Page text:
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There's Only So Much That Foreign Trade Can Do


Washington Post Sunday, June 2, 2002 By Alan Tonelson

America's leaders view trade as a key instrument in the global war on terrorism. By opening U.S. markets wider to Third World products, they hope to alleviate poverty abroad and thus turn destitute people away from terrorism and violence. Trade policy as anti-terror weapon is an understandably appealing idea. It doesn't put American soldiers in harm's way. It is nonviolent, market- friendly and holds the promise of "draining the swamp" where terrorists are assumed to thrive. And it doesn't require a line in the federal budget.

If only it worked.

Contrary to the view of globalization supporters and even some critics, trade with the United States does not automatically provide Third World workers with the keys to wealth and happiness. In a recent survey, the Reston-based consulting firm Werner International Inc. has compiled nearly a decade's worth of hard data on actual wages paid to workers in an industry that is seen as crucial to Third World hopes for industrialization -- apparel. Perhaps no other industry has profited more from exporting to the United States. And yet the figures show that there has been almost uniform wage meltdown in the apparel industry in the Third World.

Take Pakistan, a front-line combatant in the anti-terror campaign that has complained bitterly about supposedly miserly U.S. trade breaks. Yet from 1990 to 2001, Pakistan's annual apparel exports to the United States rose nearly 400 percent, to more than $1.5 billion. Nonetheless, between 1990 and 1998, the period covered by the Werner study, nominal wages for Pakistani apparel workers stayed absolutely flat, at 24 cents per hour. Because inflation in Pakistan totaled 137 percent from 1990 to 1998, the wages of apparel workers fell way behind the cost of living.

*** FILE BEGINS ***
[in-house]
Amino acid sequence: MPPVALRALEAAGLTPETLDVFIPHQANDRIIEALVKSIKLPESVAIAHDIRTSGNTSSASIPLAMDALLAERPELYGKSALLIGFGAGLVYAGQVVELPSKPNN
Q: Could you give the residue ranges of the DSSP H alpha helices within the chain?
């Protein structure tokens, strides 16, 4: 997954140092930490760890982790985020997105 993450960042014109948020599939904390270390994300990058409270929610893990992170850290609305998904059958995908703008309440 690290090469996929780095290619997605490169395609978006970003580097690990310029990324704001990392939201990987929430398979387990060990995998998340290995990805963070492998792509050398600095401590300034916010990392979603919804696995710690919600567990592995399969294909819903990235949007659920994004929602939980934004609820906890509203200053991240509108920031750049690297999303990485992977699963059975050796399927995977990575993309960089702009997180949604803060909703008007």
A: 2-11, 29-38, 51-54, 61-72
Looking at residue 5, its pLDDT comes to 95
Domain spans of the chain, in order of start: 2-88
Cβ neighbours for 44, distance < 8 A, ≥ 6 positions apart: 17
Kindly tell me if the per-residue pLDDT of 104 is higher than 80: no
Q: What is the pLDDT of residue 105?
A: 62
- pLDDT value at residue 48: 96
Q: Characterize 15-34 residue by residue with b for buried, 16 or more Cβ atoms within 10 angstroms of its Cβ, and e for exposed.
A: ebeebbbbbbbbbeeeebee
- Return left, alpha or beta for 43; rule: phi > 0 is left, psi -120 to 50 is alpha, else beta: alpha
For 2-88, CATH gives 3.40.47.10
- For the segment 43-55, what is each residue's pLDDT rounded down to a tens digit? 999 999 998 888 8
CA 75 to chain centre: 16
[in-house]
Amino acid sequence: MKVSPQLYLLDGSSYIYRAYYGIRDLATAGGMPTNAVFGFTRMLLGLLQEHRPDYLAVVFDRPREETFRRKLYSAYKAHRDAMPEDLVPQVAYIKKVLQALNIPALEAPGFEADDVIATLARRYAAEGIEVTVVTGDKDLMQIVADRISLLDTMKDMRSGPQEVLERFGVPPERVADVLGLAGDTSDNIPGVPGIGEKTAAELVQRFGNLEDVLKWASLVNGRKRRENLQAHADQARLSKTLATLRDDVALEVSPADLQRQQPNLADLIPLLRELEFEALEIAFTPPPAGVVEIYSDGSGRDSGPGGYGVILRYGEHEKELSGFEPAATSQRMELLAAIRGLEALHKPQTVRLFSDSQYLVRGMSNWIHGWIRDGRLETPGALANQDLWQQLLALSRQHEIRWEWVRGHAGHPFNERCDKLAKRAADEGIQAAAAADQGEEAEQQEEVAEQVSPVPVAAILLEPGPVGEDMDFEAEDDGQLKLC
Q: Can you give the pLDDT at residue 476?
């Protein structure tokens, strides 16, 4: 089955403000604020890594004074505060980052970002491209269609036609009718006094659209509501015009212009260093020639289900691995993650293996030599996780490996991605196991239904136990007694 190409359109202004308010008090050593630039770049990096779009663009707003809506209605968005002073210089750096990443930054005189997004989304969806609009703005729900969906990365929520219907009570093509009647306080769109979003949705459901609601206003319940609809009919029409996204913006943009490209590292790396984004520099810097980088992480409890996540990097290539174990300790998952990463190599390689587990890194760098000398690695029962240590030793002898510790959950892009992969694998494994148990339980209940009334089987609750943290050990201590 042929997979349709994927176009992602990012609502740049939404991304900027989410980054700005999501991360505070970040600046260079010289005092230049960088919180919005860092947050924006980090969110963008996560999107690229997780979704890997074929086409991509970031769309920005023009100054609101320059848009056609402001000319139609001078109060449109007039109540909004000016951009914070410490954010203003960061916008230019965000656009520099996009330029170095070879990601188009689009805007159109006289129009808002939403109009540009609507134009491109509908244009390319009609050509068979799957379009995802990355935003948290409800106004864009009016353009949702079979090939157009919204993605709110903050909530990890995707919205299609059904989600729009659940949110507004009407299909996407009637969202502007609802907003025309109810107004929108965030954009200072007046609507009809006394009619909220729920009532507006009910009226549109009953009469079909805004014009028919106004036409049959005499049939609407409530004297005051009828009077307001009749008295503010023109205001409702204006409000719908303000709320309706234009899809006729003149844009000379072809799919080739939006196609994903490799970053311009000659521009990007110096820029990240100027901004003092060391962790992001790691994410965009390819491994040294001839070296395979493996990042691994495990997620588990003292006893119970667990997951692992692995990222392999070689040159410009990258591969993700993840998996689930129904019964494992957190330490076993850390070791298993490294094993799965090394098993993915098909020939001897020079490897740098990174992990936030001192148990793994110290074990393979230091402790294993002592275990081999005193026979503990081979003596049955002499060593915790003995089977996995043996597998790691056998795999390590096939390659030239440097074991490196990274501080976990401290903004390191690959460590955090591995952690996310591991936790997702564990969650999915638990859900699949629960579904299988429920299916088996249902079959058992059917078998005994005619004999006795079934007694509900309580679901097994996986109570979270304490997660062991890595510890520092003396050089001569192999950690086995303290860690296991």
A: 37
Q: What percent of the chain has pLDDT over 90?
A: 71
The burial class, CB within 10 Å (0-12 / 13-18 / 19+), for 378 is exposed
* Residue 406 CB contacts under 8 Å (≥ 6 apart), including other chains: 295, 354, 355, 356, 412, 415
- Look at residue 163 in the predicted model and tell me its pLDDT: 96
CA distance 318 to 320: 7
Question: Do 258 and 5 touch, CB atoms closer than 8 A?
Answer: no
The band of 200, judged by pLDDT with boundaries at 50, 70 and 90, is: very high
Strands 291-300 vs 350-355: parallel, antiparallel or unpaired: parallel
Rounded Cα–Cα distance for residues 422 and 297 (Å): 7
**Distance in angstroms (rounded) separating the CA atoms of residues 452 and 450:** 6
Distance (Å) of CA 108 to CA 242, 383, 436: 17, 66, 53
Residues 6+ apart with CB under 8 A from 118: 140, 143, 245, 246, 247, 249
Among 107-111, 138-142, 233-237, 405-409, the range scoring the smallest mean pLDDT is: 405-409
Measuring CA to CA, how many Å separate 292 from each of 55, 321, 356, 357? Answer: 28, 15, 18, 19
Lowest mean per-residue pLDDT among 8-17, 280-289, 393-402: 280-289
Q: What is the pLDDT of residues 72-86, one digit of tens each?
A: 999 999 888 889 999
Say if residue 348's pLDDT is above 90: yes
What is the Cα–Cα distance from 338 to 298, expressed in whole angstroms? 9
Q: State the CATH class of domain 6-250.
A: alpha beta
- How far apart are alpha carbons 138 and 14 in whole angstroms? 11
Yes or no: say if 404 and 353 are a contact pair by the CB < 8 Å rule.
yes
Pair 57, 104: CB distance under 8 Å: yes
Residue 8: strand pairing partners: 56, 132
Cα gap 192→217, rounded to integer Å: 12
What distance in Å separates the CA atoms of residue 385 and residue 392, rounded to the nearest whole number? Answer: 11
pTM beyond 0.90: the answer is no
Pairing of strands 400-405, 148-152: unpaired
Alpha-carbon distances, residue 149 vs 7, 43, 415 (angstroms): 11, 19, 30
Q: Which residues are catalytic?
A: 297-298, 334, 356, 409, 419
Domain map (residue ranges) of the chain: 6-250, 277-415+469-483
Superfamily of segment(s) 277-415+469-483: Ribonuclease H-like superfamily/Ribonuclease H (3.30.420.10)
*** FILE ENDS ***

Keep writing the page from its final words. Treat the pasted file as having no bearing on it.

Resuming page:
NATO member Turkey is clamoring for trade breaks, too, as a reward for buttressing U.S. strategy in the Middle East and Central Asia.Turkey is already a significant apparel exporter to the United States, with shipments rising 168 percent between 1990 and 1998, and growing even faster through 2001. Yet from 1990 to '98, while Turkish apparel wages increased by 36.3 percent, the country was gripped by near-hyperinflation that saw living costs soar by more than 1,800 percent. A similar pattern holds in countries such as the Philippines, Egypt and Peru. Wage trends for apparel workers are grim, even allowing for the dollar's appreciation against many local currencies in the developing world. In some countries, the pattern extends far beyond the apparel industry.A 1999 report from the Harvard Institute of International Development and the World Economic Forum revealed falling real wages, in local currency, across all sectors of the economy in China, Indonesia and the Philippines between 1990 and 1997. This backsliding occurred well before the region's financial collapse.